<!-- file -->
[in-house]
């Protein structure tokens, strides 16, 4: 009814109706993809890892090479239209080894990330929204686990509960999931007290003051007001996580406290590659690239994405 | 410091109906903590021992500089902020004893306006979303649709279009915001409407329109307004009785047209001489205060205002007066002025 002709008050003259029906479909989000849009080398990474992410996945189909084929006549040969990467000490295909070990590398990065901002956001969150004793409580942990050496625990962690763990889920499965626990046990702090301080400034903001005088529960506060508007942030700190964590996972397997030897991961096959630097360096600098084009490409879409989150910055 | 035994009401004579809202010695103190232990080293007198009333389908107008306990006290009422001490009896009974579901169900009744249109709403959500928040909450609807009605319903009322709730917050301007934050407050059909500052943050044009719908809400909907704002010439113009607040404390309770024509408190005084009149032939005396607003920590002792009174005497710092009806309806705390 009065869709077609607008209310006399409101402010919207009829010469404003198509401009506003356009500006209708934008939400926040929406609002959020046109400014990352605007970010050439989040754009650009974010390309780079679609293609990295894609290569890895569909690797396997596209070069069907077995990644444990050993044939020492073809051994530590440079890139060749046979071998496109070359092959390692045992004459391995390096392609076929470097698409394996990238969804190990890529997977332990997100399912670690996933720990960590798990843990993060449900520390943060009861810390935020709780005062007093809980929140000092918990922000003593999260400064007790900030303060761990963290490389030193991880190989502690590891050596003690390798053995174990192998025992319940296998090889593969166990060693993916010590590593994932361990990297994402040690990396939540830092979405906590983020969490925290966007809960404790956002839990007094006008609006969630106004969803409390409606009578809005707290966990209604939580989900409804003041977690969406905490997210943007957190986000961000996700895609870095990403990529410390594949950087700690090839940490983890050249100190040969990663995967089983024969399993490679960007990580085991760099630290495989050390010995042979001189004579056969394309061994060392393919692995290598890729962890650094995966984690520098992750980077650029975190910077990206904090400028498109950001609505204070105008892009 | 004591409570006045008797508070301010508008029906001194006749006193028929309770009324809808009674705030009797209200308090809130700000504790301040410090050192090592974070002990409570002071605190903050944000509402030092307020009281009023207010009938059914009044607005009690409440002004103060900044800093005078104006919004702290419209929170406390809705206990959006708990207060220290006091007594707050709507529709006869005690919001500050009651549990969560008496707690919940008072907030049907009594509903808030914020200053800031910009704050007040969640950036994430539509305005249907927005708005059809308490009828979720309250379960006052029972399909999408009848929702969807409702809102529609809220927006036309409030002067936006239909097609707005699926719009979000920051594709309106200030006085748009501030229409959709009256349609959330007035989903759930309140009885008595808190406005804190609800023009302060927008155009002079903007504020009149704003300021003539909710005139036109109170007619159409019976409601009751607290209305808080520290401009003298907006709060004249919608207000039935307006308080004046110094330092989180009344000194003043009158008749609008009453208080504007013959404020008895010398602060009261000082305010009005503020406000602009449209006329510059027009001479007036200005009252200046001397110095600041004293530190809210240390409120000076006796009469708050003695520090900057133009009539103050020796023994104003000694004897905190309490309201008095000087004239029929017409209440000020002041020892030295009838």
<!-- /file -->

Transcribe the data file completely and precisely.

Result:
[in-house]
């Protein structure tokens, strides 16, 4: 009814109706993809890892090479239209080894990330929204686990509960999931007290003051007001996580406290590659690239994405 | 410091109906903590021992500089902020004893306006979303649709279009915001409407329109307004009785047209001489205060205002007066002025 002709008050003259029906479909989000849009080398990474992410996945189909084929006549040969990467000490295909070990590398990065901002956001969150004793409580942990050496625990962690763990889920499965626990046990702090301080400034903001005088529960506060508007942030700190964590996972397997030897991961096959630097360096600098084009490409879409989150910055 | 035994009401004579809202010695103190232990080293007198009333389908107008306990006290009422001490009896009974579901169900009744249109709403959500928040909450609807009605319903009322709730917050301007934050407050059909500052943050044009719908809400909907704002010439113009607040404390309770024509408190005084009149032939005396607003920590002792009174005497710092009806309806705390 009065869709077609607008209310006399409101402010919207009829010469404003198509401009506003356009500006209708934008939400926040929406609002959020046109400014990352605007970010050439989040754009650009974010390309780079679609293609990295894609290569890895569909690797396997596209070069069907077995990644444990050993044939020492073809051994530590440079890139060749046979071998496109070359092959390692045992004459391995390096392609076929470097698409394996990238969804190990890529997977332990997100399912670690996933720990960590798990843990993060449900520390943060009861810390935020709780005062007093809980929140000092918990922000003593999260400064007790900030303060761990963290490389030193991880190989502690590891050596003690390798053995174990192998025992319940296998090889593969166990060693993916010590590593994932361990990297994402040690990396939540830092979405906590983020969490925290966007809960404790956002839990007094006008609006969630106004969803409390409606009578809005707290966990209604939580989900409804003041977690969406905490997210943007957190986000961000996700895609870095990403990529410390594949950087700690090839940490983890050249100190040969990663995967089983024969399993490679960007990580085991760099630290495989050390010995042979001189004579056969394309061994060392393919692995290598890729962890650094995966984690520098992750980077650029975190910077990206904090400028498109950001609505204070105008892009 | 004591409570006045008797508070301010508008029906001194006749006193028929309770009324809808009674705030009797209200308090809130700000504790301040410090050192090592974070002990409570002071605190903050944000509402030092307020009281009023207010009938059914009044607005009690409440002004103060900044800093005078104006919004702290419209929170406390809705206990959006708990207060220290006091007594707050709507529709006869005690919001500050009651549990969560008496707690919940008072907030049907009594509903808030914020200053800031910009704050007040969640950036994430539509305005249907927005708005059809308490009828979720309250379960006052029972399909999408009848929702969807409702809102529609809220927006036309409030002067936006239909097609707005699926719009979000920051594709309106200030006085748009501030229409959709009256349609959330007035989903759930309140009885008595808190406005804190609800023009302060927008155009002079903007504020009149704003300021003539909710005139036109109170007619159409019976409601009751607290209305808080520290401009003298907006709060004249919608207000039935307006308080004046110094330092989180009344000194003043009158008749609008009453208080504007013959404020008895010398602060009261000082305010009005503020406000602009449209006329510059027009001479007036200005009252200046001397110095600041004293530190809210240390409120000076006796009469708050003695520090900057133009009539103050020796023994104003000694004897905190309490309201008095000087004239029929017409209440000020002041020892030295009838």